This month in real estate history

The Real Deal<i> looks back at some of New York's biggest real estate stories </i>

1971: State proposes development over Sunnyside Yards

State officials proposed the construction of a new neighborhood for 60,000 residents and 35,000 office and industrial workers above Sunnyside Yards in Long Island City, 39 years ago this month.

The Urban Development Corporation, a state agency, presented the $1.4 billion plan to Queens Borough President Sidney Leviss. It was the first time a residential development was suggested, but it was not the first proposal to build above the yards.

One early suggestion, made in 1925, was to build a commercial building for the United States Post Office. That was followed in 1951 by a plan to build a transportation hub over the yards. Later, in 1973, the State Racing and Wagering Board suggested the construction of a sports stadium. None of the projects was ever built, and the yards remain uncovered.

Most of the construction costs for the proposed village — which was to be built on columns and multilevel platforms above the yards owned by Penn Central railroad — would be paid for by private funds. Government agencies would contribute $105 million for schools and infrastructure and up to $89 million in additional subsidies.

The plan, which was to be carried out by architectural firm Gruzen & Partners and developer LeFrak Organization, included building six- and 20-story apartment buildings. Built in 1910, the Sunnyside Yards are bounded by Northern Boulevard, Skillman Avenue, Thomson Avenue and 48th Street.

1948: Historic Brevoort Hotel closes

The century-old Brevoort Hotel just north of Washington Square Park, which for generations had been a meeting place for the rich and influential in New York, announced 62 years ago this month that it would close because it could not meet new fire code regulations.

The hotel, located at 9-13 Fifth Avenue at 8th Street in Greenwich Village, was built in 1845, but by 1948 there were 52 long-term residents living there.

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Some of the era’s notable figures, such as President James Garfield, writers Mark Twain, Edith Wharton and Eugene O’Neil, and even Edward VII, the Prince of Wales, stayed at the 113-unit hotel.

The hotel notified tenants on July 13 that a new state law, enacted after a fatal hotel fire in Atlanta, Ga., would make it impossible to bring the building up to code without rebuilding it.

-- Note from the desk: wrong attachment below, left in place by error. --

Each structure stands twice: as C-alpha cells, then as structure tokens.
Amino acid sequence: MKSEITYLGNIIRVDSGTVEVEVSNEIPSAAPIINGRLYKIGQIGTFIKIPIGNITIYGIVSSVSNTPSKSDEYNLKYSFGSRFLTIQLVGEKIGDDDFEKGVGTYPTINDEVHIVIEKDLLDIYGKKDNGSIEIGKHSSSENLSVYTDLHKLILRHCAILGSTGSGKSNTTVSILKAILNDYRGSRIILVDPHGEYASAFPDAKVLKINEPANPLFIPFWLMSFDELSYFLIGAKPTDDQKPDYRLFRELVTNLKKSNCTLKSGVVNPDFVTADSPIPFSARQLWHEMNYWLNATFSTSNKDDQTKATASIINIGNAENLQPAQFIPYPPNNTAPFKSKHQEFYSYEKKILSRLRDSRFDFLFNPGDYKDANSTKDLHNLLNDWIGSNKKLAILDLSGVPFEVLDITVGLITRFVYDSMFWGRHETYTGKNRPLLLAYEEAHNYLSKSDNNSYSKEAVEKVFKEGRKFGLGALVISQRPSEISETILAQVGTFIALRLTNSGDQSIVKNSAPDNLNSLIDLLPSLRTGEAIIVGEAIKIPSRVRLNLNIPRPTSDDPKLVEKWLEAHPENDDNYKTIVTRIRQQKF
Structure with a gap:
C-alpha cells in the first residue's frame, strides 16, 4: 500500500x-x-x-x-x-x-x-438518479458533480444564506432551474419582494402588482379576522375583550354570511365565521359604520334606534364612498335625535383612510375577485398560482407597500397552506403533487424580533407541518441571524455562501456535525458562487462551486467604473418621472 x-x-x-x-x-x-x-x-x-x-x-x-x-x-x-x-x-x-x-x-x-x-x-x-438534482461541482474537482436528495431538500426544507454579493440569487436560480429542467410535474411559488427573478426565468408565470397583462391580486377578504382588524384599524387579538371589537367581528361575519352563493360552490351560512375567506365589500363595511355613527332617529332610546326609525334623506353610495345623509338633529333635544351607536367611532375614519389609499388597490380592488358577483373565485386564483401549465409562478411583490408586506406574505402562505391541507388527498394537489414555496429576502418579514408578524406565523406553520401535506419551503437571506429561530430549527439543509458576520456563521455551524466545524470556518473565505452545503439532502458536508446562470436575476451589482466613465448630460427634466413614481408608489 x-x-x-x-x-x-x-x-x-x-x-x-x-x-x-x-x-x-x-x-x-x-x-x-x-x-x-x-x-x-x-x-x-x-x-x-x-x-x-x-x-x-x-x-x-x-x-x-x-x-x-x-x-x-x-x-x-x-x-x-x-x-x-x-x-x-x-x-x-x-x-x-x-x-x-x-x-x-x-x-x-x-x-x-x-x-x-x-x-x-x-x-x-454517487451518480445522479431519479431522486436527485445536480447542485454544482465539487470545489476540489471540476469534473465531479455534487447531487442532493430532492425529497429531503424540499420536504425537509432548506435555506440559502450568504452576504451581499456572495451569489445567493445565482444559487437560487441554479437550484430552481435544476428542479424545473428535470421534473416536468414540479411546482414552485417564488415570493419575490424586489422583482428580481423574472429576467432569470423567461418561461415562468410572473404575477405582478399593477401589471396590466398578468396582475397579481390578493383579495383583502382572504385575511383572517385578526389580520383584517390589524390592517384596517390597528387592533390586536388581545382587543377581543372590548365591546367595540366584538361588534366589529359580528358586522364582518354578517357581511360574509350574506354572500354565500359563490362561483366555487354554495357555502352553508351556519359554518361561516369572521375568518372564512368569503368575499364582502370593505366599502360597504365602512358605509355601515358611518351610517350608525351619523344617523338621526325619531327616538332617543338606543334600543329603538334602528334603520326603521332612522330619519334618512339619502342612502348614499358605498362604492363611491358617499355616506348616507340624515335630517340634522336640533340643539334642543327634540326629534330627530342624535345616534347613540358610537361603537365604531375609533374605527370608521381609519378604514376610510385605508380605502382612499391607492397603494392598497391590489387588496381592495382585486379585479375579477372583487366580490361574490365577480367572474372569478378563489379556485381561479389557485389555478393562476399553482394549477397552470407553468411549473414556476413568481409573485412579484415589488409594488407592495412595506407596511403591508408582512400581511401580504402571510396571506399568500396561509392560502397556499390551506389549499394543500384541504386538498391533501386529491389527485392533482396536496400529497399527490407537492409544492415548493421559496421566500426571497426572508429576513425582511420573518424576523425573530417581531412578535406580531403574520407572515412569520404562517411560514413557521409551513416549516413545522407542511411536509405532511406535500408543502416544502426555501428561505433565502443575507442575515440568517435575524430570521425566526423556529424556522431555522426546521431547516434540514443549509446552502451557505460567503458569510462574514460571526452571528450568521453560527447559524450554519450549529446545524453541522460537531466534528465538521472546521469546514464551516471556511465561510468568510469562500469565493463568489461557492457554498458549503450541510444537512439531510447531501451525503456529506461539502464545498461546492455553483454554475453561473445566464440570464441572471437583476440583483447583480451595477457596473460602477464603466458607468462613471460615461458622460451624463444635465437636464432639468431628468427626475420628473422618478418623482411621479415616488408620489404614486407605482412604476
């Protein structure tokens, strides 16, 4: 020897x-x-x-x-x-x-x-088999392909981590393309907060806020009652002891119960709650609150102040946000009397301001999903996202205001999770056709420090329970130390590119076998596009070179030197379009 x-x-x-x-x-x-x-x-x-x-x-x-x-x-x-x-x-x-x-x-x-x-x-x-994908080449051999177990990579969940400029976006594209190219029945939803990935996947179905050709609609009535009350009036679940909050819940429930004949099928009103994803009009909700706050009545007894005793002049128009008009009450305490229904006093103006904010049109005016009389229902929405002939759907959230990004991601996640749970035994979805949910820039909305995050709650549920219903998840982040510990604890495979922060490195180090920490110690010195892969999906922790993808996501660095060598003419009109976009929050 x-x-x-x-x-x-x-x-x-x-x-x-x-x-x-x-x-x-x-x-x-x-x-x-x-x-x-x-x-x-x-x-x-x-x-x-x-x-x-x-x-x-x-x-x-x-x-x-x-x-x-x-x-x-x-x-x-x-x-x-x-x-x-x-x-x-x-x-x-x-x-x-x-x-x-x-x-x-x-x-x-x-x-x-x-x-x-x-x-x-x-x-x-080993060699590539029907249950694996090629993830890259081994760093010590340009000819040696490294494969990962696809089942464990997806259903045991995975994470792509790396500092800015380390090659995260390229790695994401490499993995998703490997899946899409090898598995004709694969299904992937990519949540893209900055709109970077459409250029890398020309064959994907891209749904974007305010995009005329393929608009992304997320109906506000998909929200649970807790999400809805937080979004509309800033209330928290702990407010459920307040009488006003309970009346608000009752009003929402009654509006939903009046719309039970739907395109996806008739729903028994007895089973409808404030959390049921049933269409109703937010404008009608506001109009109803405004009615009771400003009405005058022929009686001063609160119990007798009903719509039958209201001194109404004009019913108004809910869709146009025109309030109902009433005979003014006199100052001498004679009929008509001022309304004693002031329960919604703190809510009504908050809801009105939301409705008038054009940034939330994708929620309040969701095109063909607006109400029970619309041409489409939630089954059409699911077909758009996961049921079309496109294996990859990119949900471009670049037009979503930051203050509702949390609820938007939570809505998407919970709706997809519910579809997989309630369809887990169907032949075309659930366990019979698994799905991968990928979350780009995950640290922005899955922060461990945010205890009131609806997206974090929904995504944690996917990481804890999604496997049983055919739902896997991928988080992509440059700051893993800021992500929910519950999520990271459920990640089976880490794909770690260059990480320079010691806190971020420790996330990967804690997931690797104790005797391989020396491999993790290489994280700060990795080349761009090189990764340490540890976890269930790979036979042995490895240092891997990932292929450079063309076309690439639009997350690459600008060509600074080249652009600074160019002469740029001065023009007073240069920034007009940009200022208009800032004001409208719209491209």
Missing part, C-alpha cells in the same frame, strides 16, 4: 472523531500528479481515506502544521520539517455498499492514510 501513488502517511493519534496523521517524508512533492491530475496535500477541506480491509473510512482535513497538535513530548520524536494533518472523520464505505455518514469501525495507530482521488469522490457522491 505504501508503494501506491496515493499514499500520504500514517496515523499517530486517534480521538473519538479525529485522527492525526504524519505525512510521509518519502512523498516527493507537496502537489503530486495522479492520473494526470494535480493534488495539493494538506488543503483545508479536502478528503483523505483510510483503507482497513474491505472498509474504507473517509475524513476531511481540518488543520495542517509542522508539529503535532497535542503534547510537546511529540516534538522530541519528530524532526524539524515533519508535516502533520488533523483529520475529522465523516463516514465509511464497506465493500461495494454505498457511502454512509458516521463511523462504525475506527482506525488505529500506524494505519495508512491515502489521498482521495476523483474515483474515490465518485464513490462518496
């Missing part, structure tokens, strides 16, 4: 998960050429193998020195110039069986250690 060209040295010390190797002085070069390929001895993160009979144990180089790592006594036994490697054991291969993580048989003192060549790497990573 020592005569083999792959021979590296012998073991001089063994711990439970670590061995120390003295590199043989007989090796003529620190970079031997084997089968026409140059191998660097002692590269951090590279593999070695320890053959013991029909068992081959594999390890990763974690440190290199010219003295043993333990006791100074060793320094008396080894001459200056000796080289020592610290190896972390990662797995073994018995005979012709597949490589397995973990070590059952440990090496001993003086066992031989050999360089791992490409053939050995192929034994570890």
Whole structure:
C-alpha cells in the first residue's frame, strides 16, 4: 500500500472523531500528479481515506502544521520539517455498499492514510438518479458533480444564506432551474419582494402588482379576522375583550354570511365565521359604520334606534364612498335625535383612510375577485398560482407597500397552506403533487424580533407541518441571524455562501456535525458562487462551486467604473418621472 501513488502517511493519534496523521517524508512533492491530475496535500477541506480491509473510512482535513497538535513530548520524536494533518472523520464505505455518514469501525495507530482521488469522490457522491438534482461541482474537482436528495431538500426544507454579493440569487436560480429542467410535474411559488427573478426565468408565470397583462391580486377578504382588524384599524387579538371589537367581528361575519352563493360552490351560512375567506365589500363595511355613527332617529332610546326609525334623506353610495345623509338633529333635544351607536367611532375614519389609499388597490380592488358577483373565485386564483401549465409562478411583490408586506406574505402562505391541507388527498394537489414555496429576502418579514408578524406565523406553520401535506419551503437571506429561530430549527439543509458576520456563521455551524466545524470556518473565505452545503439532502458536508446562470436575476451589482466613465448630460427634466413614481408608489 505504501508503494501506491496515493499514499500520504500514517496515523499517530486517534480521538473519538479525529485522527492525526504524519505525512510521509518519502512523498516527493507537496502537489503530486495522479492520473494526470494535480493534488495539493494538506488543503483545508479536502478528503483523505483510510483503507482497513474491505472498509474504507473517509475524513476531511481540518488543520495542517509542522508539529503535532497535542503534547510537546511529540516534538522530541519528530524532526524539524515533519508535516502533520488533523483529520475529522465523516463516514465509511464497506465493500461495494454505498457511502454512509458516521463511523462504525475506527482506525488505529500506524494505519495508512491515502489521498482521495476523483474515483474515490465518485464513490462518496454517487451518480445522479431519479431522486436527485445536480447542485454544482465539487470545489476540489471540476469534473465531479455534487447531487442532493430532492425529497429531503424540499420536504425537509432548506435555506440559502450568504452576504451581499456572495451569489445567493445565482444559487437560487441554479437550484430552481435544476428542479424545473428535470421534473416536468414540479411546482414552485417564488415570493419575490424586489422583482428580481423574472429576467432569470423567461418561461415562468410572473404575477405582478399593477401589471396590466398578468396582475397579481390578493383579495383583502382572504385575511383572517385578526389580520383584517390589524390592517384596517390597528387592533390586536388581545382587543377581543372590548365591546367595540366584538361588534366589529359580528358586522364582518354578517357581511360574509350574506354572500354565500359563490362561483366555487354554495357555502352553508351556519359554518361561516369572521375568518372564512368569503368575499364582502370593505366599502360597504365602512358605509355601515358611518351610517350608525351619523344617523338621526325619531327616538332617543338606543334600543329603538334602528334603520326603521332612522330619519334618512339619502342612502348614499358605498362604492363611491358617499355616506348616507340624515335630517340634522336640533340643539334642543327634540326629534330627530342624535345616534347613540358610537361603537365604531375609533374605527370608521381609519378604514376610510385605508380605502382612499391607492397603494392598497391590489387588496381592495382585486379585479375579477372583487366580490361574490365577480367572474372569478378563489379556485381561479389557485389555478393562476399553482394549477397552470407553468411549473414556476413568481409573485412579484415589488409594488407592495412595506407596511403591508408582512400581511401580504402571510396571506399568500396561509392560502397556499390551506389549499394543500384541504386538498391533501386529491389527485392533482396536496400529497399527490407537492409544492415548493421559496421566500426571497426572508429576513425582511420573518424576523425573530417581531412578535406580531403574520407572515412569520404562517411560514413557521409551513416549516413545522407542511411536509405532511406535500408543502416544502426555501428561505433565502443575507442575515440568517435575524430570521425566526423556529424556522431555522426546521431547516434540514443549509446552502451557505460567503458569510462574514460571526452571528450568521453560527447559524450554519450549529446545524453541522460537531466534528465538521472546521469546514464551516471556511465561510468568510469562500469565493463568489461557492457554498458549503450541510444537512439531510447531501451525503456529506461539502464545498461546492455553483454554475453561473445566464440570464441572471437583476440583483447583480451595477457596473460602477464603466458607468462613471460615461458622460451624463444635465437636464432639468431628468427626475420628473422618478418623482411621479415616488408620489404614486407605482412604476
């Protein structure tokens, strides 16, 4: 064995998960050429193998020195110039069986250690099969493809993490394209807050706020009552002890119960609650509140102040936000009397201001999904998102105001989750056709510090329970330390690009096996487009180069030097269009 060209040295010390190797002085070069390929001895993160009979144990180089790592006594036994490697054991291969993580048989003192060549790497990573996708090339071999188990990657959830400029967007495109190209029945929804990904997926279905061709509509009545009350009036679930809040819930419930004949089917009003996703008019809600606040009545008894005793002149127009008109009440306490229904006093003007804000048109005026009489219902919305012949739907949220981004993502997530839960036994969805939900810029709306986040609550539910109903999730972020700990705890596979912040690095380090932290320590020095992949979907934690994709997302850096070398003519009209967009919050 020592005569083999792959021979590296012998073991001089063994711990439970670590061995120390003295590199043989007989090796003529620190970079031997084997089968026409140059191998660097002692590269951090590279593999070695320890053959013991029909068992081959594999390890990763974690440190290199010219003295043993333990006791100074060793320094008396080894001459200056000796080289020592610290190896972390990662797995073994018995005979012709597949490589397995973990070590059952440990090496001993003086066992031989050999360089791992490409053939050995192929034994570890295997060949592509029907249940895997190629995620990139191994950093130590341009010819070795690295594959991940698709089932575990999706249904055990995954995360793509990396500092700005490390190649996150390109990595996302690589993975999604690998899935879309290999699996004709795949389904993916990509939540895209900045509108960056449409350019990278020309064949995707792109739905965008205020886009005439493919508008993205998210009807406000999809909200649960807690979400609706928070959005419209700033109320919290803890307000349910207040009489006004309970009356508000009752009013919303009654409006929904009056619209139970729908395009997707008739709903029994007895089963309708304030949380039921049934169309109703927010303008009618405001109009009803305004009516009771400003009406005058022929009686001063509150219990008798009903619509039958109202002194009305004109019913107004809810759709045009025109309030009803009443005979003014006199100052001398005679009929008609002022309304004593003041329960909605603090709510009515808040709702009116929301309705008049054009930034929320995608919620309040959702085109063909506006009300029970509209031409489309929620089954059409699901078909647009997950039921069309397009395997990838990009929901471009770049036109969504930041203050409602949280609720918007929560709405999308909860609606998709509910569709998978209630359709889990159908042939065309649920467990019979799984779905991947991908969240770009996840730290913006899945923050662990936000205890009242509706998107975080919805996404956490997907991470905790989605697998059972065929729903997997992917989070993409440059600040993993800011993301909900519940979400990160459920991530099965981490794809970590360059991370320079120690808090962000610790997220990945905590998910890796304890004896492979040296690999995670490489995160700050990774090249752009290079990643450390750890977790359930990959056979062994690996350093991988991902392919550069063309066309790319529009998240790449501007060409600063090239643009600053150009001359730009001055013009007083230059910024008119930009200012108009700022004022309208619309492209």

The structure, along with several other buildings on the block, was demolished in 1954 to make way for developer Sam Minskoff & Sons’ 301-unit Brevoort co-op, at 11 Fifth Avenue, which opened in 1955 under a ground lease.

1914: Wrecking ball hits Bank of the Manhattan’s water tank

Demolition began 96 years ago this month on a four-story building housing a century-old water tank. The storied tank was built by the Bank of the Manhattan Company, a lender that won its charter to operate as a bank in 1799 under a ruse to deliver water to New York City residents.

The bank maintained the tank and a 30-foot deep empty well at the northwest corner of Lafayette and Reade streets in Lower Manhattan because it believed that its charter as a bank depended on maintaining an appearance of being able to supply water to the city. This continued despite the opening of the Croton Aqueduct system, which began distributing fresh water to the city in 1842.

The water tank was built in three sections between 1812 and 1836. A three-story restaurant rose in its place, and now a 21-story office building, occupied by the city, sits at the 2 Lafayette Street property.

The Manhattan Company was chartered by the state as a company to supply water to the city, a ploy used by backers such as Aaron Burr, who later became the third vice president of the United States. The ruse was necessary because of fierce opposition from Alexander Hamilton and his supporters of the Bank of New York, who didn’t want another lender in the city.